In its latest attempt to build market credibility, China on Monday launched the Science and Technology Innovation Board, or "STAR Market," on which 25 companies were listed.China Economyread more
Stocks in Asia traded lower on Monday morning, as a Nasdaq-style technology board on the Shanghai Stock Exchange marked its debut.Asia Marketsread more
These box office numbers do not include the cost of production or marketing costs. They also don't count the billions in merchandising that Disney has made over the last...Entertainmentread more
When Cathy Hsu and Tony Hsieh wanted to build an English language app for Chinese children, they decided to follow Facebook and Google's lead.Start-upsread more
Instagram began tests that hide "like" counts on posts. That means influencers who market products on Instagram will have to rely on different metrics to show success.Technologyread more
Peter Neupert worked for Microsoft and Amazon-backed Drugstore.com, where he got to know Jeff Bezos. He now advises start-ups.Technologyread more
The firing of the tear gas was the latest confrontation between police and protesters who have taken to the streets for over a month to fight a proposed extradition bill and...China Politicsread more
Last week shows that oil prices are not the indicator for Middle East tensions they once were, and worries about global demand and growing U.S. production has changed that...Market Insiderread more
Facebook Vice President David Marcus is the face of the company's Libra digital currency, but the original driving force was a 26-year-old female corporate-development...Technologyread more
Amazon's new policy for account suspensions doesn't go far enough to protect sellers from potentially unfair and wrongful suspensions, merchants say.Technologyread more
Gluskin Sheff's David Rosenberg is painting a painful picture for stocks as earnings season goes into full gear.Futures Nowread more
Facebook hasn't found its place in hardware, but it's getting closer.
Unlike Apple, Amazon or even Google, Facebook has struggled to find a hardware product with mass appeal. It has a niche virtual reality business with Oculus VR. And, it partnered with HTC in 2013 to launch a phone that ultimately flopped.
Now, Facebook is trying hardware again with two new devices, the Portal and Portal+ smart screens, which are the company's version of devices like the Amazon Echo Show and Google Home Hub, and available beginning Thursday.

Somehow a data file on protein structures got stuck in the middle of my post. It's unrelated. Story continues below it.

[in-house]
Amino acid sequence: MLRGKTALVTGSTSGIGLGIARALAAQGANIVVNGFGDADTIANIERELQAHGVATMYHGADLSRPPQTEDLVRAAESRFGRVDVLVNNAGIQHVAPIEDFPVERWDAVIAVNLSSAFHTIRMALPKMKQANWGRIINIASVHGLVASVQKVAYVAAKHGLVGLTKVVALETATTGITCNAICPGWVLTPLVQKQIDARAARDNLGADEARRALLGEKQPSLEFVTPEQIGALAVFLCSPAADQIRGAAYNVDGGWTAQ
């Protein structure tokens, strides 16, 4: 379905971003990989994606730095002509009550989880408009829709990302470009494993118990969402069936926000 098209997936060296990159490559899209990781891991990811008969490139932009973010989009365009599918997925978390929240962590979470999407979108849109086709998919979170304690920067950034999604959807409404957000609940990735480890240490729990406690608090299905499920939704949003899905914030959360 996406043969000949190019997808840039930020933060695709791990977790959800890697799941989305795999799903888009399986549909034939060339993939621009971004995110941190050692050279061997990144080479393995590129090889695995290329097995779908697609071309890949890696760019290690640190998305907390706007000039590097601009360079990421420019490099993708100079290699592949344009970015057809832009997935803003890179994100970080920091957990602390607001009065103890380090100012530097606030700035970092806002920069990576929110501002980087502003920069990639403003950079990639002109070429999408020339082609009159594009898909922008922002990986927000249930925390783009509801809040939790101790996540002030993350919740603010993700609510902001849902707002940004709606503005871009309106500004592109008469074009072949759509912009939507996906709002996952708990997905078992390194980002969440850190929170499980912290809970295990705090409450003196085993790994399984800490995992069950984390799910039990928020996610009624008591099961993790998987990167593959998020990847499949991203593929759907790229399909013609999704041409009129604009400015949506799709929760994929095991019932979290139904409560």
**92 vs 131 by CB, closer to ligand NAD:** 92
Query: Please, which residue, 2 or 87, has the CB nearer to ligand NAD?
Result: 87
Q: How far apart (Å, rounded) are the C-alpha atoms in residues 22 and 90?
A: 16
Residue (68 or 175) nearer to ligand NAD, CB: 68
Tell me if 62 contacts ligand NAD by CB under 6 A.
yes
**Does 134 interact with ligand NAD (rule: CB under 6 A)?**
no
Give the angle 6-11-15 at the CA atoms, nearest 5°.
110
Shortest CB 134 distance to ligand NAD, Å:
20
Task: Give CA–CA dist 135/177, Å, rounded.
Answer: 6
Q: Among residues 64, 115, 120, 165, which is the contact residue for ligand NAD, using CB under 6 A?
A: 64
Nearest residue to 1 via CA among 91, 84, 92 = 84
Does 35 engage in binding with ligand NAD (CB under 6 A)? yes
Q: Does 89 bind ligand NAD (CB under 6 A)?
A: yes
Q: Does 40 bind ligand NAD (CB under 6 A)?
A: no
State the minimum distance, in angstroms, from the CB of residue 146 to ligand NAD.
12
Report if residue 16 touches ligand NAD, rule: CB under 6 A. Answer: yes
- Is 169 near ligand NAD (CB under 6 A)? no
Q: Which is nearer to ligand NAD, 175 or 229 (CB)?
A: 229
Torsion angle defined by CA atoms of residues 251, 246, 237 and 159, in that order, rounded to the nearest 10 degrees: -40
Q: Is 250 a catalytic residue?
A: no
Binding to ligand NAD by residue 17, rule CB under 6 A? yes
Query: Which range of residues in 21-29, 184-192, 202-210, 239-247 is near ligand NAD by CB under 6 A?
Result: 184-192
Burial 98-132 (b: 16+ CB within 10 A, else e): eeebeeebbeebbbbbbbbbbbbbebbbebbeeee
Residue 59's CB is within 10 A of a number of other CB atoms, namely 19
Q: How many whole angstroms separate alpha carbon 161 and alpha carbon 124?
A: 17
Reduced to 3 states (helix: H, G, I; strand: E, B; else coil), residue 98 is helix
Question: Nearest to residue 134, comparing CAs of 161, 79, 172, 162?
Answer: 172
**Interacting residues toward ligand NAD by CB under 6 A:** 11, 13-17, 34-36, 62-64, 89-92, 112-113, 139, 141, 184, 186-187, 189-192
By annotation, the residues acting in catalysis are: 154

There are two models, the $199 Portal with a 10.1-inch screen and the $349 Portal+ with a larger 15.6-inch screen that rotates. They're meant to be smart displays, but with a focus on video chat through Facebook's Messenger service.
The video chat experience is fantastic, with excellent video quality, top-notch microphones and great speakers. But compared with products by Amazon and Google, the Portal and Portal+ need to do more. Plus, a lot of people are seriously concerned about Facebook's record when it comes to data privacy.
Here's what you need to know about Facebook's biggest hardware attempt ever.
The primary focus of the Portal and Portal+ is video chatting with your Facebook friends, and it's great for that.
I tested the larger Portal+, which has a huge touchscreen display — it's very big — that you can use to tap on friends and place a video call. (Consider the smaller 10.1-inch model if you want something a bit more discrete.) When it's not in use, the bright and sharp screen can show photos from picture albums you've uploaded to Facebook. I liked that it showed photos of a skydiving trip my wife and I took several years ago.
I used Portal to call my family in California to see my niece. My brother answered on a phone using the Messenger app. He was able to see me and my wife just fine and remarked about how clear and wide the shot was. That's thanks to a built-in camera feature that tracks you as you move around the room, so you always stay in focus for the person you're chatting with.
Facebook said it worked with professional cinematographers to make sure the camera panned to people smoothly, and it's the best execution of this sort of technology I've seen. I was able to walk around my living room, and the camera followed me around so I didn't walk off screen. If you're talking with someone who owns a Portal, you can tap to lock on their face so the camera follows them around, too.
Another neat feature: the speaker is great, and software makes sure the microphones point toward the person (or people) who are speaking.